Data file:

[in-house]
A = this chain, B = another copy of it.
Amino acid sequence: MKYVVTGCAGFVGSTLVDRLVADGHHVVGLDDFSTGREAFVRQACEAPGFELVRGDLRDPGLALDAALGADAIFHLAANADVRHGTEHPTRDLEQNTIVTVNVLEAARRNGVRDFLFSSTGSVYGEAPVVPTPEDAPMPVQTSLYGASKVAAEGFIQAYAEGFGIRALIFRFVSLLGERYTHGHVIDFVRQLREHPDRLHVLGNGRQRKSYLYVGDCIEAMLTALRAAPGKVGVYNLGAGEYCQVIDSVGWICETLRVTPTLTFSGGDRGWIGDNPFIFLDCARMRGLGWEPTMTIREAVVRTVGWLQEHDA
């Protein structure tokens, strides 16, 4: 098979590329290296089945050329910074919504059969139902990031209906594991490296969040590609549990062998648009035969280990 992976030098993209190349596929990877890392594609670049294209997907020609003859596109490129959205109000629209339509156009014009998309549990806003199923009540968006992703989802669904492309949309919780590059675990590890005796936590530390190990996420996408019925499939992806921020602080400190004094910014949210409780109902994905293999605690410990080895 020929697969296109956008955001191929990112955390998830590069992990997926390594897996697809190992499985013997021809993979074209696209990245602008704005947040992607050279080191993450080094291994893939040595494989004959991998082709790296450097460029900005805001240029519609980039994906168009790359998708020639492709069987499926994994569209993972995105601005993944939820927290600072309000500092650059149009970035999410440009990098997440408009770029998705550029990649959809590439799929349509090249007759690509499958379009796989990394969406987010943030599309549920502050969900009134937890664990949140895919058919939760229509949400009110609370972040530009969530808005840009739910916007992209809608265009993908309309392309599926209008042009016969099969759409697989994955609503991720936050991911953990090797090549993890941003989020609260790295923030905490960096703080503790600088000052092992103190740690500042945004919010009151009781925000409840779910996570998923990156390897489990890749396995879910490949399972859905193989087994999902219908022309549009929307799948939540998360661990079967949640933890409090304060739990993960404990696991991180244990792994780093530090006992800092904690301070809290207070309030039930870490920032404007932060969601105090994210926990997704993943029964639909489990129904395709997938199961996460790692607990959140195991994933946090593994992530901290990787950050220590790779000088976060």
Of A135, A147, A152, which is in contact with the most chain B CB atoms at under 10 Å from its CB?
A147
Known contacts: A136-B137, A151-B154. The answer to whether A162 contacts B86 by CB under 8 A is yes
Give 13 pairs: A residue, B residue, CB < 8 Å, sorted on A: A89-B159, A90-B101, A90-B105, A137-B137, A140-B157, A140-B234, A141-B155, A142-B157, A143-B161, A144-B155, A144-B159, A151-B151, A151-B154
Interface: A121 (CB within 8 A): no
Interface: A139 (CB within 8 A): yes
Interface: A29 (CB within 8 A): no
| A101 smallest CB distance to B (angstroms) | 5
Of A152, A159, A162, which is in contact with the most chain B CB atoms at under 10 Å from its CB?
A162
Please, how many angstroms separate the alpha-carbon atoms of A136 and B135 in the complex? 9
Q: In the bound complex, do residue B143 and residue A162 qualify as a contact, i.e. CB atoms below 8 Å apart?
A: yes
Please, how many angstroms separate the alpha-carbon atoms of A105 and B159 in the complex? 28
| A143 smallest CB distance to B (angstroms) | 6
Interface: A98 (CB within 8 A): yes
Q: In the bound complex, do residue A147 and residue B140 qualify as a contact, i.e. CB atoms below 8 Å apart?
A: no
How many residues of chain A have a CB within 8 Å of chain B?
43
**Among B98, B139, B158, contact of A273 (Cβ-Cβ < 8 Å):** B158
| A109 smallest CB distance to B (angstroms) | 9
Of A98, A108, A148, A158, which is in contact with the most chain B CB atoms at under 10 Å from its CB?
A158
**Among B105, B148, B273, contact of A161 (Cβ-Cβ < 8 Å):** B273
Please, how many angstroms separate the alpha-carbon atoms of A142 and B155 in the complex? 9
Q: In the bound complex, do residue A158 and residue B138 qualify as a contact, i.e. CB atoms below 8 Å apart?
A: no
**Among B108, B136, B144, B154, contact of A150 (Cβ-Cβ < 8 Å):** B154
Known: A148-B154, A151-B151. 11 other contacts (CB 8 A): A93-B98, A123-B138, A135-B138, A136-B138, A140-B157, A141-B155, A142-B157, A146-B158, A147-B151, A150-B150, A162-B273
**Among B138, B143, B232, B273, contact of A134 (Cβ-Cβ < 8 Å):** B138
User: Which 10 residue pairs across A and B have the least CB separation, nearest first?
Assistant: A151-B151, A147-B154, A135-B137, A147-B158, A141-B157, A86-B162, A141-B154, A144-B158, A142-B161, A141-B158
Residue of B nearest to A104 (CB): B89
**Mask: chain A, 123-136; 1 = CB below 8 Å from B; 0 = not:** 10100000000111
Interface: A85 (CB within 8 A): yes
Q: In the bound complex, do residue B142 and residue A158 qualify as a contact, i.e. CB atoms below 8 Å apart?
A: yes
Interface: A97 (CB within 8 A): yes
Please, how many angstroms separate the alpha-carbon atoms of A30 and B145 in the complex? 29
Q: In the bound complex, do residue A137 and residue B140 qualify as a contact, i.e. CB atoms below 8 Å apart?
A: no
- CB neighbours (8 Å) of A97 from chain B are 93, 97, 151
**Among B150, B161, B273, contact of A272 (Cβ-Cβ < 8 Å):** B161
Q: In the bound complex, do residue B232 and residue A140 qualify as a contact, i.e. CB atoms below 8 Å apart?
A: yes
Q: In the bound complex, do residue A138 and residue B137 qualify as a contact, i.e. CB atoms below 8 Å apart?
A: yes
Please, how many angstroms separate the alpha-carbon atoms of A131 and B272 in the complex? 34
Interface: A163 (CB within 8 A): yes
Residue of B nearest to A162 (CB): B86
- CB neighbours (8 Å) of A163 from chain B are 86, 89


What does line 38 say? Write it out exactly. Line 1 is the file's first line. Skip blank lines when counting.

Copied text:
Residue of B nearest to A104 (CB): B89